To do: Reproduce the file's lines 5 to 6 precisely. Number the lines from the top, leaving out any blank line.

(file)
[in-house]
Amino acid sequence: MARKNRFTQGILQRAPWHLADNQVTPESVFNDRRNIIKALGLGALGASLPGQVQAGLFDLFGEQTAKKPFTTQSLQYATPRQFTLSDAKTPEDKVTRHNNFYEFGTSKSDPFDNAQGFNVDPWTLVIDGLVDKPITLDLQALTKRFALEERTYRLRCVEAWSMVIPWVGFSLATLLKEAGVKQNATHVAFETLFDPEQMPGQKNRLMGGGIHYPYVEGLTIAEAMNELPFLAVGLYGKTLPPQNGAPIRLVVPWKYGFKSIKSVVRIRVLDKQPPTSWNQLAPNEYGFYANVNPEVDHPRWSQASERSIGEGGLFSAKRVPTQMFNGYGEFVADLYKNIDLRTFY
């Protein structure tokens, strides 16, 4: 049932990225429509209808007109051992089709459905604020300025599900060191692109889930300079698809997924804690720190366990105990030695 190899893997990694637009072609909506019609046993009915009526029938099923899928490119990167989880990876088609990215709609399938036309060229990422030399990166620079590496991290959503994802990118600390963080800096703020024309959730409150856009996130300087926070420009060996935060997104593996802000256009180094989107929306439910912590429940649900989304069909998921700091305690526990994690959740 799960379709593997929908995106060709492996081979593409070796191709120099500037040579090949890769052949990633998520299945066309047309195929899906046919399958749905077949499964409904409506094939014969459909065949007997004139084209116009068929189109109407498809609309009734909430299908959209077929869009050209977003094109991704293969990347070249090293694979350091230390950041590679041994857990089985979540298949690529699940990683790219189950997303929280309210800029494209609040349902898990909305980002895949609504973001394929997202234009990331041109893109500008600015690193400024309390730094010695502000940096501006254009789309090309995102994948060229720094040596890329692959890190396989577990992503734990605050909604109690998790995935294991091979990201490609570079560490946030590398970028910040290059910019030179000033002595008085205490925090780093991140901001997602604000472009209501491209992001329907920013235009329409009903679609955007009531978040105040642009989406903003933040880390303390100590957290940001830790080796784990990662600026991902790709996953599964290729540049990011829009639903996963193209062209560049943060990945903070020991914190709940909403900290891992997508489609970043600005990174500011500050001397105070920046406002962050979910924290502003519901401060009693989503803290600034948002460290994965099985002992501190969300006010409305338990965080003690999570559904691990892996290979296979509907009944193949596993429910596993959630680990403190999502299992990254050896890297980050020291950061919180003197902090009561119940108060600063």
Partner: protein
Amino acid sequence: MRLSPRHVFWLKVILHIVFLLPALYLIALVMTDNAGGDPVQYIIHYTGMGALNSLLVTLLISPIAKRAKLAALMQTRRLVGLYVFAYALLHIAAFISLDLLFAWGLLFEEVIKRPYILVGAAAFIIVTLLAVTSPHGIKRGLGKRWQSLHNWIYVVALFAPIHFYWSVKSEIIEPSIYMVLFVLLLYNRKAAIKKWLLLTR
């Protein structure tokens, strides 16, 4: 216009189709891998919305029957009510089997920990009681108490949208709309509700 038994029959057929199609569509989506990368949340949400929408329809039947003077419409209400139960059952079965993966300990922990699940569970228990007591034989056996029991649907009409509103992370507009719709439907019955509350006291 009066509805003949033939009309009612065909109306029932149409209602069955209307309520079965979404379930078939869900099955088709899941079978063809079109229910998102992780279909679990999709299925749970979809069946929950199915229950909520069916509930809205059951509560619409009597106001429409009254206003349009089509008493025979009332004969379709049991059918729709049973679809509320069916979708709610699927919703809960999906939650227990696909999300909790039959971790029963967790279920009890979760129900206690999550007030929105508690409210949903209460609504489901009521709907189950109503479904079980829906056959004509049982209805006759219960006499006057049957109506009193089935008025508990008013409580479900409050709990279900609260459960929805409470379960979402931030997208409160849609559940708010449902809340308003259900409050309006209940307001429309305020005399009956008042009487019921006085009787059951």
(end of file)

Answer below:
Amino acid sequence: MRLSPRHVFWLKVILHIVFLLPALYLIALVMTDNAGGDPVQYIIHYTGMGALNSLLVTLLISPIAKRAKLAALMQTRRLVGLYVFAYALLHIAAFISLDLLFAWGLLFEEVIKRPYILVGAAAFIIVTLLAVTSPHGIKRGLGKRWQSLHNWIYVVALFAPIHFYWSVKSEIIEPSIYMVLFVLLLYNRKAAIKKWLLLTR
């Protein structure tokens, strides 16, 4: 216009189709891998919305029957009510089997920990009681108490949208709309509700 038994029959057929199609569509989506990368949340949400929408329809039947003077419409209400139960059952079965993966300990922990699940569970228990007591034989056996029991649907009409509103992370507009719709439907019955509350006291 009066509805003949033939009309009612065909109306029932149409209602069955209307309520079965979404379930078939869900099955088709899941079978063809079109229910998102992780279909679990999709299925749970979809069946929950199915229950909520069916509930809205059951509560619409009597106001429409009254206003349009089509008493025979009332004969379709049991059918729709049973679809509320069916979708709610699927919703809960999906939650227990696909999300909790039959971790029963967790279920009890979760129900206690999550007030929105508690409210949903209460609504489901009521709907189950109503479904079980829906056959004509049982209805006759219960006499006057049957109506009193089935008025508990008013409580479900409050709990279900609260459960929805409470379960979402931030997208409160849609559940708010449902809340308003259900409050309006209940307001429309305020005399009956008042009487019921006085009787059951």